A century ago, the most recognizable face on Virginia Tech’s campus probably wasn’t that of the college president (Joseph Eggleston) or the football coach (Charles Bernier) but instead belonged to a beloved figure now all but forgotten in campus lore, William Grove “Uncle Bill” Gitt, Virginia Tech’s original campus character.

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William “Uncle Bill” Gitt.

Born to William and Amanda Gitt in Montgomery County, Virginia, in 1860, Gitt soon afterward moved with his parents to Newport, in neighboring Giles County. There, the Gitts operated the Gitt House, an inn that became a popular stop for cadets, especially during outings to nearby Mountain Lake.

According to biographical information appearing in the 1918 Bugle and Col. Harry Temple’s The Bugle’s Echo, Gitt enrolled in what was then Virginia Agricultural and Mechanical College in 1877. Having failed every subject during his freshman year at VAMC, Gitt began searching for employment. He somehow alit in New Haven, Connecticut, where he clerked in a 99-cent store for about a year before joining the Barnum & Bailey Greatest Show on Earth as a circus clown. After a single season, Gitt left the circus and worked successively as a brakeman, fireman, and conductor on the Chesapeake and Ohio Railway, but he returned to performing for Barnum & Bailey three years later. He remained with the circus for several seasons, including a European tour, but an injury in 1891 forced his retirement from performing. After retiring from the circus, Gitt worked at several jobs in Chicago, where he is said to have saved the lives of two children. He was later employed as a railroad brakeman for four years, then as a bartender in Huntington, West Virginia, for another four years.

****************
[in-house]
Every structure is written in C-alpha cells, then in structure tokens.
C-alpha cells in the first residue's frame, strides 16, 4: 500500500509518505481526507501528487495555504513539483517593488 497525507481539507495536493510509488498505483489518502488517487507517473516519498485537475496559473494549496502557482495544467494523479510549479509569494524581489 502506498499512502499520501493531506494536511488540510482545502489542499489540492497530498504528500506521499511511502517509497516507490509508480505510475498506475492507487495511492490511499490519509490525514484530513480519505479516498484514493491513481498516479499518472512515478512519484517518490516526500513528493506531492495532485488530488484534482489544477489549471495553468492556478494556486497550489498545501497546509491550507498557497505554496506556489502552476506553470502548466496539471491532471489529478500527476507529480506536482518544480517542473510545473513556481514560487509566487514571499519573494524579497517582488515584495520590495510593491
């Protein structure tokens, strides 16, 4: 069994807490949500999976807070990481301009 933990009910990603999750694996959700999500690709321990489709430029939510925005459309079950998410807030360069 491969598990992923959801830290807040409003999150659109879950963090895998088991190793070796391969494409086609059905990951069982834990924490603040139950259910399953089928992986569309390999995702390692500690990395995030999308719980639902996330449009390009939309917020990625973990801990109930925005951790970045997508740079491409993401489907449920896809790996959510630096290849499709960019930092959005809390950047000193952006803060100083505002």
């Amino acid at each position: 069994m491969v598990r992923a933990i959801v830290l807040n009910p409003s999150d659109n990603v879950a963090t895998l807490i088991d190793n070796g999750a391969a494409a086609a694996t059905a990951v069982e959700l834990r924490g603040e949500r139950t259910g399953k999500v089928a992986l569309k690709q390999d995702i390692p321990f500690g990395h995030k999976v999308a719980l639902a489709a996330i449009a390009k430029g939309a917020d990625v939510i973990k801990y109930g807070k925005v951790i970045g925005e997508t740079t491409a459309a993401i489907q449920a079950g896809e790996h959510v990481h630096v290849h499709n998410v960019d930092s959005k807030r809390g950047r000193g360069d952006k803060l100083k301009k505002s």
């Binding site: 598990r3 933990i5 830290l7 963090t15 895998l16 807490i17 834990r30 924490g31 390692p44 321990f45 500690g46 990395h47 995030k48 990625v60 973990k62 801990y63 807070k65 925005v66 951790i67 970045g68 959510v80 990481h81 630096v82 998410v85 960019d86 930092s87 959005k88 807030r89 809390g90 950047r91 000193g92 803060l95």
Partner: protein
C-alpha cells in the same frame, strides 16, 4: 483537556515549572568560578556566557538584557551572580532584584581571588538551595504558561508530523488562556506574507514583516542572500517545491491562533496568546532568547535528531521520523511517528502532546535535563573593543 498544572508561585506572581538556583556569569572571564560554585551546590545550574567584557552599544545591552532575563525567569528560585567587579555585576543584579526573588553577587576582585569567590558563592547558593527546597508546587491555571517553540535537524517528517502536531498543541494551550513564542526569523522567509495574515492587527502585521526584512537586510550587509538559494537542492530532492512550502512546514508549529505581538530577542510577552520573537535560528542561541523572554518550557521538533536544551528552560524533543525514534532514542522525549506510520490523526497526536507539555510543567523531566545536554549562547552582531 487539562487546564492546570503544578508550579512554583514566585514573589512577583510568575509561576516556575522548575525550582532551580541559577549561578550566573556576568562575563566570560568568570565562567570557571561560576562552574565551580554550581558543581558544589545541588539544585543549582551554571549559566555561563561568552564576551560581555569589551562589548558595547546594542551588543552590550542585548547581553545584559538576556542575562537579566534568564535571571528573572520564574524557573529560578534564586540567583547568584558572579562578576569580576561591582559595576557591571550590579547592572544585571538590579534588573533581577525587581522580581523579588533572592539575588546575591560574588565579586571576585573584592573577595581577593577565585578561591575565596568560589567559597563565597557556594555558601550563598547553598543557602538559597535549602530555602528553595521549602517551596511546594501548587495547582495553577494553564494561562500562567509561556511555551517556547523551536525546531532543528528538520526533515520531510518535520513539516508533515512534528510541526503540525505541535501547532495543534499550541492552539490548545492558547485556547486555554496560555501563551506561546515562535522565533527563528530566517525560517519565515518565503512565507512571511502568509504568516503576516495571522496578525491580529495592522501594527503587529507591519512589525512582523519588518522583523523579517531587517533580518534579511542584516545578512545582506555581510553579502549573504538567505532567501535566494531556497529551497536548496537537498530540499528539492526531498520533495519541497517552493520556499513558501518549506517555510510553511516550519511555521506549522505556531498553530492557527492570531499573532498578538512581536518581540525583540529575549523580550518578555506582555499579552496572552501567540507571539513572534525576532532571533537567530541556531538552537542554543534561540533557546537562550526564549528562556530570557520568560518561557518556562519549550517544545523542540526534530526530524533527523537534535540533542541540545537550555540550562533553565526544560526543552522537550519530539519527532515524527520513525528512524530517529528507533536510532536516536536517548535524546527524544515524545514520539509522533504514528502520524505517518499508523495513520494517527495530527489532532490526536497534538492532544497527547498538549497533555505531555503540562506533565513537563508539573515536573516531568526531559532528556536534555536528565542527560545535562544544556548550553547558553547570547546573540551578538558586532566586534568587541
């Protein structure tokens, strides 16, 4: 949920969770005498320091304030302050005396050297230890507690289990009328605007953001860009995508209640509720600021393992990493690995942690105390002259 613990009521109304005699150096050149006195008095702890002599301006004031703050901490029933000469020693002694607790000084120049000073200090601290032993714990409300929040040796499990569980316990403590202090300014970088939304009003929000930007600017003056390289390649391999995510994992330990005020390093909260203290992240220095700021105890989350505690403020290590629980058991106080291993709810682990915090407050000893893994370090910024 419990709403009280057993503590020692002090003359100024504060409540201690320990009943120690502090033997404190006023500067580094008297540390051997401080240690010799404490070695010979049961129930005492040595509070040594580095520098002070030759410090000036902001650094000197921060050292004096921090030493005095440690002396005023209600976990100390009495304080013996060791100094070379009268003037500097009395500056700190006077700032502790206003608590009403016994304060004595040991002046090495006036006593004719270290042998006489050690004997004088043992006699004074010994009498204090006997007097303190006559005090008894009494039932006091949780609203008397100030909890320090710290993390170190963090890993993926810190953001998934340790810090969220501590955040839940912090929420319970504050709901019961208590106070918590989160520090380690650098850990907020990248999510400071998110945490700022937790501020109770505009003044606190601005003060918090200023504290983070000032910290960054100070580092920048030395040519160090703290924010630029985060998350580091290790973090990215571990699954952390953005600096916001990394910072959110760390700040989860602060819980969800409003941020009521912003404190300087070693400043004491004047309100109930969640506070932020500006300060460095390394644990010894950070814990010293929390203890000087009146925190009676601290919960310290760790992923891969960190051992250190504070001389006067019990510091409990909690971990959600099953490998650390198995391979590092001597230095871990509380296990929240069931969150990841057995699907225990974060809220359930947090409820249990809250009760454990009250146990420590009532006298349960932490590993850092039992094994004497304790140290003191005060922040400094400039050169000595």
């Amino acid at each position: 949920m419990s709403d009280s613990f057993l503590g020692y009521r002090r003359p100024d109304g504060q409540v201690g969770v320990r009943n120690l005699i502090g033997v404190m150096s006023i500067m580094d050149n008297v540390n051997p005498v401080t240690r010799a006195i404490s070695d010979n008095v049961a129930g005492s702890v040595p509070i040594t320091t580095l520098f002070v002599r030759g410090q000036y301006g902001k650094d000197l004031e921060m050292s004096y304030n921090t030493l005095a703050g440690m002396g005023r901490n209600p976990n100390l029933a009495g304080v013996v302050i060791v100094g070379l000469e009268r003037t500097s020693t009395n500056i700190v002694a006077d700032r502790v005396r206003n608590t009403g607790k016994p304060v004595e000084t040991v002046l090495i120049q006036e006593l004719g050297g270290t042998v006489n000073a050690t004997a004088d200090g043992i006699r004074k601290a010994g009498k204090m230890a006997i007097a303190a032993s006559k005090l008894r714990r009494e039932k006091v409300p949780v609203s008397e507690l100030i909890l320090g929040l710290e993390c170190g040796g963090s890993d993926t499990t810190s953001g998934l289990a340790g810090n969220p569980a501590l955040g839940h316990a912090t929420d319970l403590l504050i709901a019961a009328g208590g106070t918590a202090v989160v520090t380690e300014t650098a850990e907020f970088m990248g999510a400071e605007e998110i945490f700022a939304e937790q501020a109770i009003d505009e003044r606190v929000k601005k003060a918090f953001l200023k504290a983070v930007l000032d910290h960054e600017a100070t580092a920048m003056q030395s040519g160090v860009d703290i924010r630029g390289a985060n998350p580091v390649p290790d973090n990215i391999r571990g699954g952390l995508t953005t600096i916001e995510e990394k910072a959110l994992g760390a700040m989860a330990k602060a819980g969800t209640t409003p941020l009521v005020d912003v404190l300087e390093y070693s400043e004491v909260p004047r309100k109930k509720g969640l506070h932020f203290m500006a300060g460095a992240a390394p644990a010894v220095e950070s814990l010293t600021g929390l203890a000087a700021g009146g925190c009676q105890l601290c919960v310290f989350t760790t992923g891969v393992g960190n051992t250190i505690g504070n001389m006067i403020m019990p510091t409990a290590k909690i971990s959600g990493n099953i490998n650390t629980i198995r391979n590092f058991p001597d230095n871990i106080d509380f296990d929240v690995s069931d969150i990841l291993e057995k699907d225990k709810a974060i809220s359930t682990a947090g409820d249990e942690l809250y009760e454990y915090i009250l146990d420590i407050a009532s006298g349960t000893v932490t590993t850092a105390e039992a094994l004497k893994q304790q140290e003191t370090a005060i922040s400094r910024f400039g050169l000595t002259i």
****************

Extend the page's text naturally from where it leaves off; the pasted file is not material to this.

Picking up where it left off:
In 1907, Gitt returned to Blacksburg, where he operated a street corner stand, selling fruit, candy, and knickknacks. He soon became a favorite local figure of Virginia Tech’s cadets, who probably enjoyed the many stories he undoubtedly shared of his life and travels. Fond of composing bits of doggerel for every occasion, Gitt always ending his poems with “Uncle Bill—That’s all,” and it was by this stock phrase that the cadets invariably referred to him.

In a move that was mutually beneficial, the university allowed the perpetually down-on-his-luck Gitt to move into Room 102 of Virginia Tech’s Barracks No. 1 (now known as Lane Hall) in 1911. In exchange for his room and a salary of $7.50 per month, Gitt performed various tasks for the cadets, as summarized in The Bugle’s Echo:

He handled incoming and outgoing express packages. The cadets left their bags of soiled laundry in front of his room, and he looked after them. He mailed letters, sold stamps, and ran errands such as buying cigarettes. He sold smoking equipment such as pipes and matches, and sold apples and notions, tickets for athletic events, Lyceum shows, and the Pressing Club. He operated a telephone service…, relayed messages, and went to cadets’ rooms to call them to the telephone. He collected items for charities and acted as a coordinator between the boys and community projects and actions. He cashed checks at the downtown bank for the cadets and operated a lost and found service. He maintained a bulletin board in the hall outside of his room on which items of current interest were posted, including intercollegiate athletic scores….